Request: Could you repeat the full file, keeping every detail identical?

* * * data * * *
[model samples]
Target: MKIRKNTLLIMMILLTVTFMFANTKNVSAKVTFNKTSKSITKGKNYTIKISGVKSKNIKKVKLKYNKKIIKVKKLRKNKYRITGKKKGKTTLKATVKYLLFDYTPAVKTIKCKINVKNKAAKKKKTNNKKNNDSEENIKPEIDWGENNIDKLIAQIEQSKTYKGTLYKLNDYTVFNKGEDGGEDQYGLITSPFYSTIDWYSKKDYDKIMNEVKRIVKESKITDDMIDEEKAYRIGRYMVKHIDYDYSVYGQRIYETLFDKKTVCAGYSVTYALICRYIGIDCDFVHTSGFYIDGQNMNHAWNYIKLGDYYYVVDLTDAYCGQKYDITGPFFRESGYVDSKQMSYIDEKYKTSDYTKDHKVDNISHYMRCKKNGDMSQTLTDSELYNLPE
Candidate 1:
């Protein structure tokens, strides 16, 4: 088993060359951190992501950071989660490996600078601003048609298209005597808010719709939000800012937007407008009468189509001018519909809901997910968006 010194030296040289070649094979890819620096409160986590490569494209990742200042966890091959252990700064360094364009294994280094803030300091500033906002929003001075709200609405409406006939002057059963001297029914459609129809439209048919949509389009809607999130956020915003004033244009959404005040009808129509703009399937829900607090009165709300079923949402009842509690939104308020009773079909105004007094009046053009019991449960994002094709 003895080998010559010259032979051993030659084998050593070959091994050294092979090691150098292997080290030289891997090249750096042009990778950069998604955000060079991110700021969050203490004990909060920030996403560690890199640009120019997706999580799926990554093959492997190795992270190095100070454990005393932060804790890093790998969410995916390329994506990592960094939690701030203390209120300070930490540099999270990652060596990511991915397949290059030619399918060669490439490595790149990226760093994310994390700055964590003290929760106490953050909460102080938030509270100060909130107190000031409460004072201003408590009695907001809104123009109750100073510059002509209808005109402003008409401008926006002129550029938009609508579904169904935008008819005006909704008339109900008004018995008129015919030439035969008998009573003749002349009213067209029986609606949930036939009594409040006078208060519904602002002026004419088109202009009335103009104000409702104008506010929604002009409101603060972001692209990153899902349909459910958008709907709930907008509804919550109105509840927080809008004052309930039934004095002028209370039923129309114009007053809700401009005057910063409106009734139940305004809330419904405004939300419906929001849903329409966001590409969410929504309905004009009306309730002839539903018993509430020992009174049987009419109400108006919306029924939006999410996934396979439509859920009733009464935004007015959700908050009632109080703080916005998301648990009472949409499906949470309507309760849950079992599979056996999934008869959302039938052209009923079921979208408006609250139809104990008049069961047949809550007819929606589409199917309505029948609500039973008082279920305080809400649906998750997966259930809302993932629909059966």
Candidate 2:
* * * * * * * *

[model samples]
Target: MKIRKNTLLIMMILLTVTFMFANTKNVSAKVTFNKTSKSITKGKNYTIKISGVKSKNIKKVKLKYNKKIIKVKKLRKNKYRITGKKKGKTTLKATVKYLLFDYTPAVKTIKCKINVKNKAAKKKKTNNKKNNDSEENIKPEIDWGENNIDKLIAQIEQSKTYKGTLYKLNDYTVFNKGEDGGEDQYGLITSPFYSTIDWYSKKDYDKIMNEVKRIVKESKITDDMIDEEKAYRIGRYMVKHIDYDYSVYGQRIYETLFDKKTVCAGYSVTYALICRYIGIDCDFVHTSGFYIDGQNMNHAWNYIKLGDYYYVVDLTDAYCGQKYDITGPFFRESGYVDSKQMSYIDEKYKTSDYTKDHKVDNISHYMRCKKNGDMSQTLTDSELYNLPE
Candidate 1:
């Protein structure tokens, strides 16, 4: 088993060359951190992501950071989660490996600078601003048609298209005597808010719709939000800012937007407008009468189509001018519909809901997910968006 010194030296040289070649094979890819620096409160986590490569494209990742200042966890091959252990700064360094364009294994280094803030300091500033906002929003001075709200609405409406006939002057059963001297029914459609129809439209048919949509389009809607999130956020915003004033244009959404005040009808129509703009399937829900607090009165709300079923949402009842509690939104308020009773079909105004007094009046053009019991449960994002094709 003895080998010559010259032979051993030659084998050593070959091994050294092979090691150098292997080290030289891997090249750096042009990778950069998604955000060079991110700021969050203490004990909060920030996403560690890199640009120019997706999580799926990554093959492997190795992270190095100070454990005393932060804790890093790998969410995916390329994506990592960094939690701030203390209120300070930490540099999270990652060596990511991915397949290059030619399918060669490439490595790149990226760093994310994390700055964590003290929760106490953050909460102080938030509270100060909130107190000031409460004072201003408590009695907001809104123009109750100073510059002509209808005109402003008409401008926006002129550029938009609508579904169904935008008819005006909704008339109900008004018995008129015919030439035969008998009573003749002349009213067209029986609606949930036939009594409040006078208060519904602002002026004419088109202009009335103009104000409702104008506010929604002009409101603060972001692209990153899902349909459910958008709907709930907008509804919550109105509840927080809008004052309930039934004095002028209370039923129309114009007053809700401009005057910063409106009734139940305004809330419904405004939300419906929001849903329409966001590409969410929504309905004009009306309730002839539903018993509430020992009174049987009419109400108006919306029924939006999410996934396979439509859920009733009464935004007015959700908050009632109080703080916005998301648990009472949409499906949470309507309760849950079992599979056996999934008869959302039938052209009923079921979208408006609250139809104990008049069961047949809550007819929606589409199917309505029948609500039973008082279920305080809400649906998750997966259930809302993932629909059966």
Candidate 2: